BEFORE DAYBREAK, a fishing boat motors across Leech Lake in northern Minnesota. It’s a sprawling body of clear water, composed of numerous bays and points. Its shores, within the boundaries of Chippewa National Forest and the Leech Lake Indian Reservation, are wooded and just now greening up. ¶ As the boat lands on Little Pelican Island, two figures sneak ashore and duck into round plastic blinds. Thousands of black double-crested cormorants, common terns, and ring-billed gulls rise from the sand uneasily and settle again onto their nests. ¶ Then, as daylight turns the lake to a pool of mercury, the shots of .22-caliber rifles muffled by silencers come one after another. With nearly every one, a cormorant collapses in the sand. By midmorning, the men gather as many as 300 carcasses into plastic tubs and haul them back to the mainland. There they’ll be incinerated. ¶ Starting a couple of years ago, this scene has played out almost daily during the springtime. Sharpshooters from the U.S. Department of Agriculture’s Wildlife Services program killed about 3,000 cormorants last year alone to protect the lake’s renowned walleye fishery—one of the most extensive efforts to control cormorants in North America. Says Bill Paul, Wildlife Services assistant state director, “We’re in it for the long haul.”
Count Warren Anderson, the owner of Northland Lodge on Leech Lake, among the thankful. “I think they’ve handled it real well, though personally, I don’t think they’ve done enough.” In his opinion, the shooting should have begun sooner. “Basically the resort trade on Leech Lake is gone.”
Others oppose the killing. “I don’t think there’s any scientific justification for the Leech Lake effort,” says Linda Wires, a University of Minnesota research associate who has studied cormorants statewide and nationally. “There’s not been the hard science done to tie the walleye decline to the cormorant predation…. Some of us look at this as a true conservation success story.”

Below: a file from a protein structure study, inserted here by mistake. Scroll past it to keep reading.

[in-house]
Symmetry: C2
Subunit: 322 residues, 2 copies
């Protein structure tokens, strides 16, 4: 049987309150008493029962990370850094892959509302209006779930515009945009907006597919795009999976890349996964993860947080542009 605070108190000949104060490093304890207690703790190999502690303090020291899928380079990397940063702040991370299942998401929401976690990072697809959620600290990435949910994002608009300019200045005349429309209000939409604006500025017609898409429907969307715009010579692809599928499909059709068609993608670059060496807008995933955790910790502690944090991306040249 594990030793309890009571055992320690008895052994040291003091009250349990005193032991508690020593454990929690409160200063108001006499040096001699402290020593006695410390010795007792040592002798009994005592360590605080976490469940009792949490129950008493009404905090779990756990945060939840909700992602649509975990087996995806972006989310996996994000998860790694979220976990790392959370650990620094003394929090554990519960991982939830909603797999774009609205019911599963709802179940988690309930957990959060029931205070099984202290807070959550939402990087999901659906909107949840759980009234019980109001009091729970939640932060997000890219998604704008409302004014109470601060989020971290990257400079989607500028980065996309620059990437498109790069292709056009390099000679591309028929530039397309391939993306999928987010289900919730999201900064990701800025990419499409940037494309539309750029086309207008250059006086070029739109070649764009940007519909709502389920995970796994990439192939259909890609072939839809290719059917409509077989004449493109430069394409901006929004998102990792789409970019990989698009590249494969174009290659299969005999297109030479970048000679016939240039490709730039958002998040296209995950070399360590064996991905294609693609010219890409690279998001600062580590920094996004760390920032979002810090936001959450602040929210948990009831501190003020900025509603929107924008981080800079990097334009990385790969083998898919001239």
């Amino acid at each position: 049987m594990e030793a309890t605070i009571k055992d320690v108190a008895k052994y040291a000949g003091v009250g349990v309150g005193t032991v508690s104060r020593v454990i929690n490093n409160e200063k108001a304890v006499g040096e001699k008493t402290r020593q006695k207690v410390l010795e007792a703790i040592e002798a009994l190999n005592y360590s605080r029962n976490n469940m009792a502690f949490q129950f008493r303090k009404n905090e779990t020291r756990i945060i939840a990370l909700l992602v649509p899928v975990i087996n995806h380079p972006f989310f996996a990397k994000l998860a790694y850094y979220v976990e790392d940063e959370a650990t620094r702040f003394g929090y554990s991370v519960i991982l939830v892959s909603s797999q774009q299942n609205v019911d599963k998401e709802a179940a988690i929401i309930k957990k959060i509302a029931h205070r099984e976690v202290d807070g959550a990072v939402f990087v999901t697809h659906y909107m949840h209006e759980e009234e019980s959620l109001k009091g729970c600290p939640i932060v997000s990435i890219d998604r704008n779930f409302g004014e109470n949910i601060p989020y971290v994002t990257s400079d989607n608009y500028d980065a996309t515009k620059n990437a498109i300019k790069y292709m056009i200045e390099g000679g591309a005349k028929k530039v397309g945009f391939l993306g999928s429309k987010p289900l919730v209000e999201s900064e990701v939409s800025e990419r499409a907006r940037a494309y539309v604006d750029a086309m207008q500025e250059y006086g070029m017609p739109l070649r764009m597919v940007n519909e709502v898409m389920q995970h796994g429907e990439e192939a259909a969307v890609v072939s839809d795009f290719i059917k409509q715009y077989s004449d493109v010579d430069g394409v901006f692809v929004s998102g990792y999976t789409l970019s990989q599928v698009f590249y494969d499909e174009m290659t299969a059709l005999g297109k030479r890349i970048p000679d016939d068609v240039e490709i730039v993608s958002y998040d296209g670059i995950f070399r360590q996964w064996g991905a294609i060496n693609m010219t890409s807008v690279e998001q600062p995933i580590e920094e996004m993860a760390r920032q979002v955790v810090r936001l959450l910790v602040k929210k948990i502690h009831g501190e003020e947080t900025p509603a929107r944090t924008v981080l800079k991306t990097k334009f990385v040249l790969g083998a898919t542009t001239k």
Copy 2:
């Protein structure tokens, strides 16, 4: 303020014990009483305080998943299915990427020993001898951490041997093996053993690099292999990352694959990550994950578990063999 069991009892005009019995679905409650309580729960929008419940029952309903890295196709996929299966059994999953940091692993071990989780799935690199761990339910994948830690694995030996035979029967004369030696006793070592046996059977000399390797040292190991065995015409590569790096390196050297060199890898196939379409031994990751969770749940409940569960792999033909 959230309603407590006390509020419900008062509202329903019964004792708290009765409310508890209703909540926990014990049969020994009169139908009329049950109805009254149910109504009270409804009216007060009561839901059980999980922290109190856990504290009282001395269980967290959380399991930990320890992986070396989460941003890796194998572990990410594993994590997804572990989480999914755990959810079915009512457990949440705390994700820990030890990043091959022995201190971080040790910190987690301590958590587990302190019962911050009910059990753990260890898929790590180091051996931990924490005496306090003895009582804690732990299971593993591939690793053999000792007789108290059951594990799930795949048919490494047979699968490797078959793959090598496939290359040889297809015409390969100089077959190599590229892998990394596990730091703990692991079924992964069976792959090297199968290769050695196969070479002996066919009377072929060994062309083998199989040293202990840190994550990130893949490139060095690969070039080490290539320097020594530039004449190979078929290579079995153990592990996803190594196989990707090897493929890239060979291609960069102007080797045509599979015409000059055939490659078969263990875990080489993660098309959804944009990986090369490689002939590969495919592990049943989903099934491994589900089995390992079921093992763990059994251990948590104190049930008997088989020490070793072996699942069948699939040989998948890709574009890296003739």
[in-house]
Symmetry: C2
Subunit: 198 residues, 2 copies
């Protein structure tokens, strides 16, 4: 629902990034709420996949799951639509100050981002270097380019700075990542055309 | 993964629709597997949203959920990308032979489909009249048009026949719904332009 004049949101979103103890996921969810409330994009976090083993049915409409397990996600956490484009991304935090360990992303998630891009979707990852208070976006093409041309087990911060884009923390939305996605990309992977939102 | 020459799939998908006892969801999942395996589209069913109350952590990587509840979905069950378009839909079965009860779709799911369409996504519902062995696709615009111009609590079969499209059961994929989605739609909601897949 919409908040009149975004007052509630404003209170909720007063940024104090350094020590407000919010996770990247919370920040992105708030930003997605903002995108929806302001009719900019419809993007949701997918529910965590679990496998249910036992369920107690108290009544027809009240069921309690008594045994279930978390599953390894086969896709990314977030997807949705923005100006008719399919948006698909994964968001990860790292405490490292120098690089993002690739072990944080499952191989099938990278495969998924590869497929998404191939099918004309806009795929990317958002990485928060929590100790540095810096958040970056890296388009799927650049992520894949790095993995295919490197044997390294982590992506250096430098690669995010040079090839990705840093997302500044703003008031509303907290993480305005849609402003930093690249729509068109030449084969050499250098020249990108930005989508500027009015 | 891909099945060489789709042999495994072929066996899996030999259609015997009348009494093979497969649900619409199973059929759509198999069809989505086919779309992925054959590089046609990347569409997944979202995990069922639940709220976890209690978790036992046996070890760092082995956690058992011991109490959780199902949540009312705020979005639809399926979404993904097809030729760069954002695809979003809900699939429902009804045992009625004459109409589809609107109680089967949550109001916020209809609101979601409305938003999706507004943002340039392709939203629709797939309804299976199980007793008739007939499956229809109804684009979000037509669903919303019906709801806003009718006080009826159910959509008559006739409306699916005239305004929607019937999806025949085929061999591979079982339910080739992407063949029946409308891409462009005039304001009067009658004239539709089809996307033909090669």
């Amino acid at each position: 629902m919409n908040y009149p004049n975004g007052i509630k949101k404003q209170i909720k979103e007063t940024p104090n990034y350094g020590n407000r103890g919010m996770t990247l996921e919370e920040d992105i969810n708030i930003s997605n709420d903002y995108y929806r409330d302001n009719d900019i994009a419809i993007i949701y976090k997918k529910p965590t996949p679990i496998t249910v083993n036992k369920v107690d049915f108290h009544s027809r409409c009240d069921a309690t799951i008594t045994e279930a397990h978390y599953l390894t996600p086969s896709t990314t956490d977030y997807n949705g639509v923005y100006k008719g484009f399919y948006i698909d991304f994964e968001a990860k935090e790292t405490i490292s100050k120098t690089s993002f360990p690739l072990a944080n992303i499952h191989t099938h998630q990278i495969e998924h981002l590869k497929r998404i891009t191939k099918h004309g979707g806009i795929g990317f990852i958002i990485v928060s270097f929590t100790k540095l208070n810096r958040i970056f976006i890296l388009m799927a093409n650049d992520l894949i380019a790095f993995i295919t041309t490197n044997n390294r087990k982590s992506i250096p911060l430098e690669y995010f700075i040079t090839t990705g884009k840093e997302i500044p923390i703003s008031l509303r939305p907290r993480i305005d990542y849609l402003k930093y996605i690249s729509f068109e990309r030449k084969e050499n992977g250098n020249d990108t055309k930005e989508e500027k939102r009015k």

“Cormorants have become a scapegoat, I’m afraid,” says Mark Martell, director of bird conservation for Audubon Minnesota. “If loons were blamed,” he says, “I don’t think they would be taking this action.”
BUT THEY’RE NOT LOONS, they’re cormorants. While both are big deep-diving fish-eaters, the similarity ends there—at least in the opinion of walleye anglers, fishing guides, and resort owners.
Our beloved loon is known for a melodious tremolo, haunting wail, and distinctive yodel. It dresses in crisp black-and-white checks. In flight, it’s a jet; wind whistles from its wings. In early summer, mated pairs swim with a gray baby in tow—a nuclear family of state symbols.
The cormorant wears a long-tailed undertaker’s coat, and its voice ranges from a muddy bleat to a raspy shriek. Its beak hooks, and it struggles through the air with a flappy, broken-wristed wingbeat. Cormorants roost and nest on islands by the dozens, hundreds, or thousands, piercing the air with their cries, killing trees with accumulations of guano, and spreading their wings to dry (they lack the oiled feathers of other diving birds) as if they wore capes.
The trouble began a few years ago. After disappearing for decades, cormorants returned to Leech Lake in 1992, grew to 73 nesting pairs in 1998, and by 2004, numbered 2,524 pairs, all piled onto Little Pelican Island. Jim “Murph” Murphy, a longtime muskie and walleye guide, would watch as they flew across the lake in long, black lines. “They’d be coming and coming and coming,” he says. “It was just amazing.”
Where had they come from? Were they, as some residents believed, an invasive exotic species? Or a sign of an ecosystem gone awry?
For as long as naturalists have written about American birds, cormorants have been known to occupy the East and West coasts. “The double-crested cormorants are seen flying in long lines, sometimes forming angles, and passing low over the water, at no great distance from the shore,” wrote John James Audubon in Birds of America.
In the late 1800s, cormorants bred in most of Minnesota. Along the Iowa border, according to one observer, “the air [was] jist black with ’em an’ they’re nestin’ on the island so yer can’t see it for eggs.” Another reporter described a flock of migrating cormorants “four miles long and one-and-a-half miles wide.” A flock on the Mississippi was so dense “it was impossible to see the sunset sky through the mass.”